Functional electrodes for electrosynthesis, energy storage and environmental applications

2019年04月10日

报告题目:Functional electrodes for electrosynthesis, energy storage and environmental applications

报告人:Mathieu ETIENNE, CNRS Research Director,CNRS - Université de Lorraine, France.

时间:2019-04-15 下午16:30-18:00

地点:卢嘉锡楼202报告厅

报告摘要:

Surface functionalization are essential to tune electrochemical activity of electrodes versus a large variety of electrolytes. In this communication, I would like to give some examples of recent work on surface functionalization for electrosynthesis, energy storage and environmental applications.

Electrosynthesis will be considered from the point of view of NAD(P)H regeneration [1]. There is today a great interest for flow biocatalytic processes which combine several cascade reactions leading to the synthesis of molecules of interest in various industrial fields, in particular pharmaceutical and food. The cofactor NAD(P)H plays a very important role in biological systems and can also be applied as an electron carrier in enzymatic systems catalyzing stereo- and regioselective reactions having a great biotechnological potential for example for the

production of pure enantiomers, the reduction of CO2 or the selective oxidation of complex molecules. I will describe the immobilization of the catalyst [Cp*Rh(bpy)Cl] + and dehydrogenases for electroenzymatic synthesis.

Energy storage will be considered from the point of view of redox flow batteries (RFB) [2]. All-vanadium RFB are now considered as a robust alternative to lithium batteries for renewable energy storage. I will describe a protocol for layer-by-layer deposition of carbon nanotubes on electrode surface and the influence of this surface modification on the electrochemical reactions with a vanadium electrolyte and the energy efficiency of the battery.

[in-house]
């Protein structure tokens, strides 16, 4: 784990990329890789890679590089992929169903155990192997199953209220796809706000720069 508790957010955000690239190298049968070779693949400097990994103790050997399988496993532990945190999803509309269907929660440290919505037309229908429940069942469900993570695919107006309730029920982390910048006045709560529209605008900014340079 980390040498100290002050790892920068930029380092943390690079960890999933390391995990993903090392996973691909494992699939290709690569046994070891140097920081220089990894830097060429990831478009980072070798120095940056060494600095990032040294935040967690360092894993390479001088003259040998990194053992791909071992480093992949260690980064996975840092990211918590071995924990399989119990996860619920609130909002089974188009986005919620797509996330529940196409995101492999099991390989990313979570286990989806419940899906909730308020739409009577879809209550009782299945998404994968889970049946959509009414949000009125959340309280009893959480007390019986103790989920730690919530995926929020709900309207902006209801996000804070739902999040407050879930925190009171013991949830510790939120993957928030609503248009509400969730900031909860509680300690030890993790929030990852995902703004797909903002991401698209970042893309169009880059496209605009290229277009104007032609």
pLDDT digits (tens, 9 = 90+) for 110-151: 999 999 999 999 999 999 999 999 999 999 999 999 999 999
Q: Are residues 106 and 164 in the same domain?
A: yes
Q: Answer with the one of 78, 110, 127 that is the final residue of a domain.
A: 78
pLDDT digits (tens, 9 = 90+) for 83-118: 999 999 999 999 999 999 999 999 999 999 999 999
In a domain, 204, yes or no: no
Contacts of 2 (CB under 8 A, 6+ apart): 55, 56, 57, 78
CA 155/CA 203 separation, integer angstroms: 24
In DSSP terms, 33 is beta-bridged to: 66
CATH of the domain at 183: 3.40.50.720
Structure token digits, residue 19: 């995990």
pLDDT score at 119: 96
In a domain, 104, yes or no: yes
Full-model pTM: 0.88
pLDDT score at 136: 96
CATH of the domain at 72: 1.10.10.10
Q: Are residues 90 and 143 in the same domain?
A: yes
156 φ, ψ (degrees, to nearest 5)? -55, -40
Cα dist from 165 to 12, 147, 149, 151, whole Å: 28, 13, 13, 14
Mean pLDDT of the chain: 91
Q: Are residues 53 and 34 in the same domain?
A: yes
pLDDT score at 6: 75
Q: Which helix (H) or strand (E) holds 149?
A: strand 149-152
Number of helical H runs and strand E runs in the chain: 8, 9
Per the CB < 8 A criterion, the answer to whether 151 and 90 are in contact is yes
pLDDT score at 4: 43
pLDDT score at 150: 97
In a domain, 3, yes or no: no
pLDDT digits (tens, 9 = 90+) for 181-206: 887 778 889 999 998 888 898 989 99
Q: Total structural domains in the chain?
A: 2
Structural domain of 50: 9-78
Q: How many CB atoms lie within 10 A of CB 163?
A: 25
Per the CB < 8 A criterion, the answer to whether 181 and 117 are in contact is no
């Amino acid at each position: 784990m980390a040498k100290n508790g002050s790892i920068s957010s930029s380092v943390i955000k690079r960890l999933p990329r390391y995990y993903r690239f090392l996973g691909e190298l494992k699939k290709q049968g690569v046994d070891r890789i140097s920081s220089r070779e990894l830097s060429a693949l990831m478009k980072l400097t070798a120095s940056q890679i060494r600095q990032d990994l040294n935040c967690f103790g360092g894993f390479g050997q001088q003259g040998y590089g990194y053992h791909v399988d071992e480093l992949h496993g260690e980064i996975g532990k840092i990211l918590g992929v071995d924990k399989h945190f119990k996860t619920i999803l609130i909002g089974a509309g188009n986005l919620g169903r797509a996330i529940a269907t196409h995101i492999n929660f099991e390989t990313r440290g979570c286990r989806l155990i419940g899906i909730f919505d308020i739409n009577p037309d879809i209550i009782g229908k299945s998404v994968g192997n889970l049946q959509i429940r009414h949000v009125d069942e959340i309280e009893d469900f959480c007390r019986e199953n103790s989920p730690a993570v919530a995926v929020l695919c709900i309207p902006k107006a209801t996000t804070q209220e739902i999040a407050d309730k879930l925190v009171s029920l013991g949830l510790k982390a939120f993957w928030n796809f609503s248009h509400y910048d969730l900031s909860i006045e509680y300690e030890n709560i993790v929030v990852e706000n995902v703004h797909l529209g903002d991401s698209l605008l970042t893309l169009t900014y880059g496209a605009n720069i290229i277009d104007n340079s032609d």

Finally, environmental application will be considered from the point of view of electromicrobiology [3]. On that topic, we recently developed an original approach to connect bacteria to the electrode surface, allowing us to study electron transfer reactions with bacteria. The method provides a great opportunity to explore a large variety of microbial catalysts for biocathodic processes (e.g., denitrification, bio-hydrogen production, CO2 reduction).

The discussion of these three examples gives the opportunity to draw a continuum between surface active groups on carbon, molecular catalyst, enzymes and microbes to promote more efficient electron transfer reactions in targeted applications having a high social impact.

References:

[1] L. Zhang, M. Etienne, N. Vilà, T.X.H. Le, G.-W. Kohring, A. Walcarius, Electrocatalytic Biosynthesis using a Bucky Paper Functionalized by [Cp*Rh(bpy)Cl] + and a Renewable Enzymatic Layer, ChemCatChem. 10 (2018) 4067–4073. doi:10.1002/cctc.201800681.

[2] M. Etienne, J.F. Vivo-Vilches, I. Vakulko, C. Genois, L. Liu, M. Perdicakis, et al., Layer-by-Layer modification of graphite felt with MWCNT for vanadium redox flow battery, Electrochim. Acta. (2019).

S. Pinck, F.P.A. Jorand, M. Xu, M. Etienne, Protamine Promotes Direct Electron Transfer Between Shewanella oneidensis Cells and Carbon Nanomaterials in Bacterial Biocomposites, ChemElectroChem. (2019). doi:10.1002/celc.201801751.